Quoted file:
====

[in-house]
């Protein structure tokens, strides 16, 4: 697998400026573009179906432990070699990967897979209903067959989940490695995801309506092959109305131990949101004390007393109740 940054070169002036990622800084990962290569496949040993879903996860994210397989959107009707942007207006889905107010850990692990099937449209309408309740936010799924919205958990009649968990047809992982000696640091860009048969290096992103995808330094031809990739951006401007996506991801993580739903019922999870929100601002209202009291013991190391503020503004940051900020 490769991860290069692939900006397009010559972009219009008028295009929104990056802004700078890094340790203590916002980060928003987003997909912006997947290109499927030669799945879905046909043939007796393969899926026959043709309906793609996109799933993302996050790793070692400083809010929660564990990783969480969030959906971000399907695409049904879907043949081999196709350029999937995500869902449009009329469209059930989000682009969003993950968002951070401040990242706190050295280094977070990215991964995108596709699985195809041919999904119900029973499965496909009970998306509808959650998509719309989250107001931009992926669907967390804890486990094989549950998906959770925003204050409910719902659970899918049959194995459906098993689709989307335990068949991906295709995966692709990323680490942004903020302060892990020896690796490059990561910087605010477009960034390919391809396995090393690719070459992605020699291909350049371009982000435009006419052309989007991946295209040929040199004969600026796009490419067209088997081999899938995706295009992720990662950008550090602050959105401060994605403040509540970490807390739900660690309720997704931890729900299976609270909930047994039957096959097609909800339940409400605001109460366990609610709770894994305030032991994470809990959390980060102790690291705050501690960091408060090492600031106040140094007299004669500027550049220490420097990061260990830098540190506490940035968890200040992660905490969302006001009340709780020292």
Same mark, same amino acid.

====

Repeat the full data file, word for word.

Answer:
[in-house]
């Protein structure tokens, strides 16, 4: 697998400026573009179906432990070699990967897979209903067959989940490695995801309506092959109305131990949101004390007393109740 940054070169002036990622800084990962290569496949040993879903996860994210397989959107009707942007207006889905107010850990692990099937449209309408309740936010799924919205958990009649968990047809992982000696640091860009048969290096992103995808330094031809990739951006401007996506991801993580739903019922999870929100601002209202009291013991190391503020503004940051900020 490769991860290069692939900006397009010559972009219009008028295009929104990056802004700078890094340790203590916002980060928003987003997909912006997947290109499927030669799945879905046909043939007796393969899926026959043709309906793609996109799933993302996050790793070692400083809010929660564990990783969480969030959906971000399907695409049904879907043949081999196709350029999937995500869902449009009329469209059930989000682009969003993950968002951070401040990242706190050295280094977070990215991964995108596709699985195809041919999904119900029973499965496909009970998306509808959650998509719309989250107001931009992926669907967390804890486990094989549950998906959770925003204050409910719902659970899918049959194995459906098993689709989307335990068949991906295709995966692709990323680490942004903020302060892990020896690796490059990561910087605010477009960034390919391809396995090393690719070459992605020699291909350049371009982000435009006419052309989007991946295209040929040199004969600026796009490419067209088997081999899938995706295009992720990662950008550090602050959105401060994605403040509540970490807390739900660690309720997704931890729900299976609270909930047994039957096959097609909800339940409400605001109460366990609610709770894994305030032991994470809990959390980060102790690291705050501690960091408060090492600031106040140094007299004669500027550049220490420097990061260990830098540190506490940035968890200040992660905490969302006001009340709780020292």
Same mark, same amino acid.